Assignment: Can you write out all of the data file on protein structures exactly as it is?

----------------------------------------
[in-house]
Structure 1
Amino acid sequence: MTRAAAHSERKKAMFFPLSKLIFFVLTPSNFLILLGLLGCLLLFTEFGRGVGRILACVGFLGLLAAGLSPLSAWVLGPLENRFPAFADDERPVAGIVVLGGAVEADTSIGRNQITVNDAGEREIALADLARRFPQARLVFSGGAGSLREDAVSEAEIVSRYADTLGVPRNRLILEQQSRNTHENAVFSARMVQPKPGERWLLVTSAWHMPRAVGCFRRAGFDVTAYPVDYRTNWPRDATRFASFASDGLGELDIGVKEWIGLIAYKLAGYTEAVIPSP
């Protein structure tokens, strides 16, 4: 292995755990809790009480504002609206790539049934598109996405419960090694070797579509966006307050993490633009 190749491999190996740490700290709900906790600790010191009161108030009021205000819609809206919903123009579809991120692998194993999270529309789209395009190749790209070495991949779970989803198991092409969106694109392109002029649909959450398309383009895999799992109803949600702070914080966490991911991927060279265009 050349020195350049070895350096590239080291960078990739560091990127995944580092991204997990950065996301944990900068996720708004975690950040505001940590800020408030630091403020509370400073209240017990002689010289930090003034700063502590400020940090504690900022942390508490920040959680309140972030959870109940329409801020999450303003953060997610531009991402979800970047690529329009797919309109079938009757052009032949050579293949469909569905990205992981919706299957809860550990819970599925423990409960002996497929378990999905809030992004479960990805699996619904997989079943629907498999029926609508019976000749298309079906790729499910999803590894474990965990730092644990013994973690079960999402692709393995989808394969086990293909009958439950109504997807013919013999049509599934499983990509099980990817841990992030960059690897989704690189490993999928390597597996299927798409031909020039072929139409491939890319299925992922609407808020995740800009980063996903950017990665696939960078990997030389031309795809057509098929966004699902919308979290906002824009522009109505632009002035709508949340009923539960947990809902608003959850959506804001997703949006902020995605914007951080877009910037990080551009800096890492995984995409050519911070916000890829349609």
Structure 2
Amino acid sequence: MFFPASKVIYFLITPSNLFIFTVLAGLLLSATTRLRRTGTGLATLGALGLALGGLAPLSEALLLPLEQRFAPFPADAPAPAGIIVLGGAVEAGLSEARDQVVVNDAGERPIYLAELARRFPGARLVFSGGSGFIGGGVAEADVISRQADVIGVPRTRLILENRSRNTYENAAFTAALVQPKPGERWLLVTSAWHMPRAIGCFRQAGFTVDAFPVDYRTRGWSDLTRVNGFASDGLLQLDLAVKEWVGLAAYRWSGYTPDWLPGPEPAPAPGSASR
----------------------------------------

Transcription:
[in-house]
Structure 1
Amino acid sequence: MTRAAAHSERKKAMFFPLSKLIFFVLTPSNFLILLGLLGCLLLFTEFGRGVGRILACVGFLGLLAAGLSPLSAWVLGPLENRFPAFADDERPVAGIVVLGGAVEADTSIGRNQITVNDAGEREIALADLARRFPQARLVFSGGAGSLREDAVSEAEIVSRYADTLGVPRNRLILEQQSRNTHENAVFSARMVQPKPGERWLLVTSAWHMPRAVGCFRRAGFDVTAYPVDYRTNWPRDATRFASFASDGLGELDIGVKEWIGLIAYKLAGYTEAVIPSP
């Protein structure tokens, strides 16, 4: 292995755990809790009480504002609206790539049934598109996405419960090694070797579509966006307050993490633009 190749491999190996740490700290709900906790600790010191009161108030009021205000819609809206919903123009579809991120692998194993999270529309789209395009190749790209070495991949779970989803198991092409969106694109392109002029649909959450398309383009895999799992109803949600702070914080966490991911991927060279265009 050349020195350049070895350096590239080291960078990739560091990127995944580092991204997990950065996301944990900068996720708004975690950040505001940590800020408030630091403020509370400073209240017990002689010289930090003034700063502590400020940090504690900022942390508490920040959680309140972030959870109940329409801020999450303003953060997610531009991402979800970047690529329009797919309109079938009757052009032949050579293949469909569905990205992981919706299957809860550990819970599925423990409960002996497929378990999905809030992004479960990805699996619904997989079943629907498999029926609508019976000749298309079906790729499910999803590894474990965990730092644990013994973690079960999402692709393995989808394969086990293909009958439950109504997807013919013999049509599934499983990509099980990817841990992030960059690897989704690189490993999928390597597996299927798409031909020039072929139409491939890319299925992922609407808020995740800009980063996903950017990665696939960078990997030389031309795809057509098929966004699902919308979290906002824009522009109505632009002035709508949340009923539960947990809902608003959850959506804001997703949006902020995605914007951080877009910037990080551009800096890492995984995409050519911070916000890829349609």
Structure 2
Amino acid sequence: MFFPASKVIYFLITPSNLFIFTVLAGLLLSATTRLRRTGTGLATLGALGLALGGLAPLSEALLLPLEQRFAPFPADAPAPAGIIVLGGAVEAGLSEARDQVVVNDAGERPIYLAELARRFPGARLVFSGGSGFIGGGVAEADVISRQADVIGVPRTRLILENRSRNTYENAAFTAALVQPKPGERWLLVTSAWHMPRAIGCFRQAGFTVDAFPVDYRTRGWSDLTRVNGFASDGLLQLDLAVKEWVGLAAYRWSGYTPDWLPGPEPAPAPGSASR